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Abdelaziz of Morocco

Abdelaziz of Morocco
Sultan of Morocco (more..)
Reign 1894–1908
Predecessor Hassan I
Successor Abdelhafid
Born 24 February 1878
Fes, Morocco
Died 10 June 1943 (aged 65)
Tangier, Morocco
House House of Alaoui

Abdelaziz of Morocco (24 February 1878 – 10 June 1943;[1][2] Arabic: عبد العزيز الرابع‎), also known as Mulai Abd al-Aziz IV, served as the Sultan of Morocco from 1894 at the age of sixteen until he was deposed in 1908. He succeeded his father Hassan I of Morocco. He was a member of the Alaouite dynasty.

Contents

  • Accession to the throne 1
  • Rule 2
    • Algeciras Conference 2.1
    • Rebellions 2.2
    • End of rule 2.3
  • Exile and death 3
  • Legacy 4
  • Honours 5
  • See also 6
  • References 7
  • External links 8

Accession to the throne

By the action of Ba Ahmad bin Musa, the Chamberlain of El Hasan, Abd el-Aziz's accession to the sultanate was ensured with little fighting. Ba Ahmad became regent and for six years showed himself a capable ruler. There were strong rumors that he was poisoned.

On his death in 1900 the regency ended, and Abd al-Aziz took the reins of government into his own hands and chose an Arab from the south, El Menebhi as his chief adviser.[1]

Rule

Urged by his

Preceded by
Hassan I
Sultan of Morocco
1894–1908
Succeeded by
Abdelhafid
  • Morocco Alaoui dynasty
  • History of Morocco
  • El Protectorado español en Marruecos: la historia trascendida

External links

  •  
  • Jerome et Jean Tharaud, Marrakech ou les Seigneurs de l'Atlas
  • Benumaya, Gil (1940). El Jalifa en Tanger. Madrid: Instituto Jalifiano de Tetuan
  1. ^ a b c "Abd al-Aziz". Encyclopedia Britannica. I: A-Ak - Bayes (15th ed.). Chicago, IL: Encyclopedia Britannica, Inc. 2010. p. 14.  
  2. ^ There is a dispute on the exact date of birth with two dates given: Feb 24, 1878 or Feb 18, 1881
  3. ^ http://query.nytimes.com/mem/archive-free/pdf?res=F70813FD3B5412738DDDAB0894D9405B838CF1D3 FIGHT EXPECTED AT FEZ.; Rebels Only Four Hours from Capital at Last Report. LONDON TIMES -- NEW YORK TIMES Special Cablegram. January 02, 1903,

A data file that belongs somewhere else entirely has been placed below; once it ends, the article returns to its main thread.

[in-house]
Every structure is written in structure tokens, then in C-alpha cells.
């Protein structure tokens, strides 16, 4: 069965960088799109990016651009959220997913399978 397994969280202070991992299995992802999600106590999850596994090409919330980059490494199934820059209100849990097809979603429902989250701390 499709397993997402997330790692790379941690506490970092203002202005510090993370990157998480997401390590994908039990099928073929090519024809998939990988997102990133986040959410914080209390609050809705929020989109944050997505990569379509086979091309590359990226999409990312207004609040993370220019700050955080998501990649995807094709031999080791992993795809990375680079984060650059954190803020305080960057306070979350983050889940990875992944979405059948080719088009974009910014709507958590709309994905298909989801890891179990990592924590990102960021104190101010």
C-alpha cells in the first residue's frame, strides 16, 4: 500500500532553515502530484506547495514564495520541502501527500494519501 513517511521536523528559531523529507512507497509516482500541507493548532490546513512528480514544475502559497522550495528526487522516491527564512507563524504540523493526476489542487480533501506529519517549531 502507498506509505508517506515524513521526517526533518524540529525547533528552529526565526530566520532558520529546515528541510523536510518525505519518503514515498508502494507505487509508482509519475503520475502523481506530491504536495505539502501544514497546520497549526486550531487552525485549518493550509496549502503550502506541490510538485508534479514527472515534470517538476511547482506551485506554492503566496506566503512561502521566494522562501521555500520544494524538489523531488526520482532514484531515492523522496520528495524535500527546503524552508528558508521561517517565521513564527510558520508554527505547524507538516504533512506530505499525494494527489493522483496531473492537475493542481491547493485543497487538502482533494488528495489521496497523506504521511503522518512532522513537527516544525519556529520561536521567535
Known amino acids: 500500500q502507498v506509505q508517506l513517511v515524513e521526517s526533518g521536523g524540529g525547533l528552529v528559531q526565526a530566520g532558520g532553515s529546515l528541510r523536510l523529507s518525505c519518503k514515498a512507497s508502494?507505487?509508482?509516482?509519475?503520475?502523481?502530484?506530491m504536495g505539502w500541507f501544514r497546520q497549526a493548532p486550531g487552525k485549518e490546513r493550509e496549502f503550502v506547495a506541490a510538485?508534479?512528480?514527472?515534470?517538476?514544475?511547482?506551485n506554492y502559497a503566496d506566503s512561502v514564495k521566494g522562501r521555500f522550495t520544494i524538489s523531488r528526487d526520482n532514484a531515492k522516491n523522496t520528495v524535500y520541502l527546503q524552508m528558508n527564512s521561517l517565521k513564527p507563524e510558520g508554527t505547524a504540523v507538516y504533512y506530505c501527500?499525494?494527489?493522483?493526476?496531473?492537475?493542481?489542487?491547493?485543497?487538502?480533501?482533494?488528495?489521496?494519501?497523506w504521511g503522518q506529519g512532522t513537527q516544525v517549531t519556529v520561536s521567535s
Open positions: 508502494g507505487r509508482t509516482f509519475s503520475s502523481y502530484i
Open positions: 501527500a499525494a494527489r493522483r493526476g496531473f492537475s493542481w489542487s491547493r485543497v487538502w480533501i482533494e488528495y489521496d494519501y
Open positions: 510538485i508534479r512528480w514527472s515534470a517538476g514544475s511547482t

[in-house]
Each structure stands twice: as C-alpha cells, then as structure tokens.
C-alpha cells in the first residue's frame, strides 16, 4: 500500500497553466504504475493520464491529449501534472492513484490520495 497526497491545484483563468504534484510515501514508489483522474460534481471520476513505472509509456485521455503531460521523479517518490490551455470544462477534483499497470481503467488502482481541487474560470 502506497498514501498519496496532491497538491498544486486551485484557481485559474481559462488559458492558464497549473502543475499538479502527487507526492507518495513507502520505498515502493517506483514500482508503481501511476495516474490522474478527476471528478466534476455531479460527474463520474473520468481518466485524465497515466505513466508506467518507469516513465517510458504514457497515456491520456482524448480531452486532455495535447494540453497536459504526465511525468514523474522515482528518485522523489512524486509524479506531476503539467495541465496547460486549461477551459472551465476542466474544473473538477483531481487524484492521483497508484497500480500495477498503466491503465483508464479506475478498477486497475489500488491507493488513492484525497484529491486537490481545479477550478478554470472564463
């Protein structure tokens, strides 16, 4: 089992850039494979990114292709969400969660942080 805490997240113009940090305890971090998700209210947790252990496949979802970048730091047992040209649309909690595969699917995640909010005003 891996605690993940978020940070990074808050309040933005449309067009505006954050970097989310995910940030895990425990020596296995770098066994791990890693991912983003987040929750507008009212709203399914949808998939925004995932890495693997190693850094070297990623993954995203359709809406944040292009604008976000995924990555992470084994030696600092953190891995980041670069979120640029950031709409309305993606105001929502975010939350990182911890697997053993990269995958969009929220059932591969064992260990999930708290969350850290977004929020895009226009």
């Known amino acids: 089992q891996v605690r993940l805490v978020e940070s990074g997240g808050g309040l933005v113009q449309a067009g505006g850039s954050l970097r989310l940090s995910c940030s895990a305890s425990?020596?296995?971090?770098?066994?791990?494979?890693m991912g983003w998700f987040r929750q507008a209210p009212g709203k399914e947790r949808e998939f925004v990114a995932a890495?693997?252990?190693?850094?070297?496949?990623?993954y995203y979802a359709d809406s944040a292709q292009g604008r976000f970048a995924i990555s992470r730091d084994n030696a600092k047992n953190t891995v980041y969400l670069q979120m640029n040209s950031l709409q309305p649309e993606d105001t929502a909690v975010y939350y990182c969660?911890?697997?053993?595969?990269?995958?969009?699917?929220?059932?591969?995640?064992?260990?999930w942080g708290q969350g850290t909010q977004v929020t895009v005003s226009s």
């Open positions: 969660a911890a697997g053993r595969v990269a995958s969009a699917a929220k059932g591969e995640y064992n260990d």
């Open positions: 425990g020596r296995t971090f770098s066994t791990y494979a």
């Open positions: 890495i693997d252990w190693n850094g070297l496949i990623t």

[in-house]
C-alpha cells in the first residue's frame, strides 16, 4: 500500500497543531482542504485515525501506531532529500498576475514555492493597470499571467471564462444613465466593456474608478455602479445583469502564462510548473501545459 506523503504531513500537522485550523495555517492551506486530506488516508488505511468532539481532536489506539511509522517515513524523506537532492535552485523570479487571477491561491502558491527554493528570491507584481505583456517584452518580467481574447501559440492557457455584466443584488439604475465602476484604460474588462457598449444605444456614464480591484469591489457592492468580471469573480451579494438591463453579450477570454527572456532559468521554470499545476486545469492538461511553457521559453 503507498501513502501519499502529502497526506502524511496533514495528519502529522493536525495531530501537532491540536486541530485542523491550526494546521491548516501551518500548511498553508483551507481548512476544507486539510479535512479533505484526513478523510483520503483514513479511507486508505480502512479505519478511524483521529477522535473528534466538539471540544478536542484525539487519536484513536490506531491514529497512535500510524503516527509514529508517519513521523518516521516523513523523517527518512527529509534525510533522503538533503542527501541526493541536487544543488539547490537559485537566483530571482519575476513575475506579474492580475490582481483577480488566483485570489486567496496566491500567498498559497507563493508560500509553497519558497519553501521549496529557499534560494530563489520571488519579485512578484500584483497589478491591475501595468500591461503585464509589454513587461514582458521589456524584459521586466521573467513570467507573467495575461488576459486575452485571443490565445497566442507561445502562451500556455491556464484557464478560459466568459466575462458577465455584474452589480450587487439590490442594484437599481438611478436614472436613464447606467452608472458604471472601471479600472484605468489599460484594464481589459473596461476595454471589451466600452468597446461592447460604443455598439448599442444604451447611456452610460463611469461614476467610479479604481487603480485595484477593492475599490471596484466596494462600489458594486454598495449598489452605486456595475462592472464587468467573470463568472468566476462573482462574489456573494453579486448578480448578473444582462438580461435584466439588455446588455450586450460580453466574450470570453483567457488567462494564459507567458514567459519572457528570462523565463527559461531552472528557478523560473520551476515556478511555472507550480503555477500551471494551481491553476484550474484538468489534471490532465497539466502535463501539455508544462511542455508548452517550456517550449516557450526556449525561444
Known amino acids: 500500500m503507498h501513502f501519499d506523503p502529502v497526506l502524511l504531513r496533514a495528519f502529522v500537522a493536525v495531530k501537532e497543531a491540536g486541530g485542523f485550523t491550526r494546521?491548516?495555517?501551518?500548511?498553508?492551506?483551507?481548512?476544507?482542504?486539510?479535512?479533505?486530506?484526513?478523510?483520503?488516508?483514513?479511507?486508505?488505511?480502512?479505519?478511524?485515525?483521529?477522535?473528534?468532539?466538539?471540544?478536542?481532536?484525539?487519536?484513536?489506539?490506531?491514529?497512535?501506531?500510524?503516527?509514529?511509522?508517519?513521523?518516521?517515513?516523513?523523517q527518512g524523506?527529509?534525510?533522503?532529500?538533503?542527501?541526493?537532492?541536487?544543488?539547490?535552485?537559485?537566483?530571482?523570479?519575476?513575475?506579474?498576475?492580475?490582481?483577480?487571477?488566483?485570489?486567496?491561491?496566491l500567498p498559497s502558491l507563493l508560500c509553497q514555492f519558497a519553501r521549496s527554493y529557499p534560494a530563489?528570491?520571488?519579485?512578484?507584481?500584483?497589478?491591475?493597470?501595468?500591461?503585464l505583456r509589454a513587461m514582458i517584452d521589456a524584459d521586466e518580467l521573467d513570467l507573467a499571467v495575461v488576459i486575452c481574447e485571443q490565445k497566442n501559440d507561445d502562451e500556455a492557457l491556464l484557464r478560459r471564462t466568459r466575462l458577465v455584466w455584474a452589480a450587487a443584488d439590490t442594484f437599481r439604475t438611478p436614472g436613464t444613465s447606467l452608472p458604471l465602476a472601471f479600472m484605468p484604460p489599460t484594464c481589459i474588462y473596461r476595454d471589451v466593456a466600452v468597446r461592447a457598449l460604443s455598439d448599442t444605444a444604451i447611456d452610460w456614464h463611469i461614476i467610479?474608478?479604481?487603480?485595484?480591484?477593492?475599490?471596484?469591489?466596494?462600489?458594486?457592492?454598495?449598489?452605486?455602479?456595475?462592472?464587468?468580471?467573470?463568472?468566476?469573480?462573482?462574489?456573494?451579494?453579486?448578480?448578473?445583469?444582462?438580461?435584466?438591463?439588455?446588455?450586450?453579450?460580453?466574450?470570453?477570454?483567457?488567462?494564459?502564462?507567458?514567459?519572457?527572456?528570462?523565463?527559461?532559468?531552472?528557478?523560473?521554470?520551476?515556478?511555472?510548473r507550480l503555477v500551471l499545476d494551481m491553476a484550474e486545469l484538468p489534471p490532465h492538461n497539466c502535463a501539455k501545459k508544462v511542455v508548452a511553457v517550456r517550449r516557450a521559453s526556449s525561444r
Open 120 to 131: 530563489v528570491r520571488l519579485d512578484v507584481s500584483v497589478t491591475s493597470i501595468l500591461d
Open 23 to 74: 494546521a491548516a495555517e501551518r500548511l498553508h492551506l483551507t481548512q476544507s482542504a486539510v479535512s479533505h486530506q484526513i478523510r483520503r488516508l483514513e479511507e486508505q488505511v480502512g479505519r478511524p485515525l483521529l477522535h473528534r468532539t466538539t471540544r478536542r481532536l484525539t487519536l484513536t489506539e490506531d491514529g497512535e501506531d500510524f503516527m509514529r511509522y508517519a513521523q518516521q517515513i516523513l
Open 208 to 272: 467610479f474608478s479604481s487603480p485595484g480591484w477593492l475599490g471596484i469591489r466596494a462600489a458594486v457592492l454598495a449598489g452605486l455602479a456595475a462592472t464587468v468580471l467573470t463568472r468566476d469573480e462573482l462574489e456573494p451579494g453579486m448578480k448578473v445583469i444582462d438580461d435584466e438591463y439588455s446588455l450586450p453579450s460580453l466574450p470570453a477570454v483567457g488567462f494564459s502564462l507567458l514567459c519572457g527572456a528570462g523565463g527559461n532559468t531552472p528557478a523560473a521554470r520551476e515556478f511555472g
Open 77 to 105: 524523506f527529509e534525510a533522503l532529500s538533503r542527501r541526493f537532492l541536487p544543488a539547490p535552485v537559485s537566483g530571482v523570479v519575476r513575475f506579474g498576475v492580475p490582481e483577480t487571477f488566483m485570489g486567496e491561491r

4. ^ American Annual Cyclopaedia and Register of Important Events, Volume 19; Volume 34, D. Appleton, 1895, p.501
  5. ^ The London Gazette: no. 27329. p. 4399. 2 July 1901.
  6. ^ http://www.royalark.net/Morocco/morocco10.htm

References

See also

Honours

He was portrayed by Marc Zuber in the film The Wind and the Lion (1975)- a fictional version of Ion Perdicaris affair.

After the ex-sultan's sudden death in 1943, his body was transferred to French Morocco as desired by the Sultan Mohammed V.

Legacy

King Abdulaziz led a very active social, but semi-political life in his exile. During the Spanish annexation of Tangier in 1940, he acquiesced insofar as the Moroccan palace authorities called the "makhzen" played a significant role therein. Abdulaziz died in Tangier in 1943.

Exile and death

After months of inactivity Abd-el-Aziz made an effort to restore his authority, and quitting Rabat in July he marched on Marrakech. His force, largely owing to treachery, was completely overthrown on August 19 when near that city,[1] and Abd-el-Aziz fled to Settat within the French lines around Casablanca. In November he came to terms with his brother, and thereafter took up his residence in Tangier as a pensioner of the new sultan. However the exercise of Moroccan law and order continued to deteriorate under Abdelhafid, leading to the humiliating Treaty of Fez in 1912, in which European nations assumed many responsibilities for the sultanate, which was divided in three zones of influence.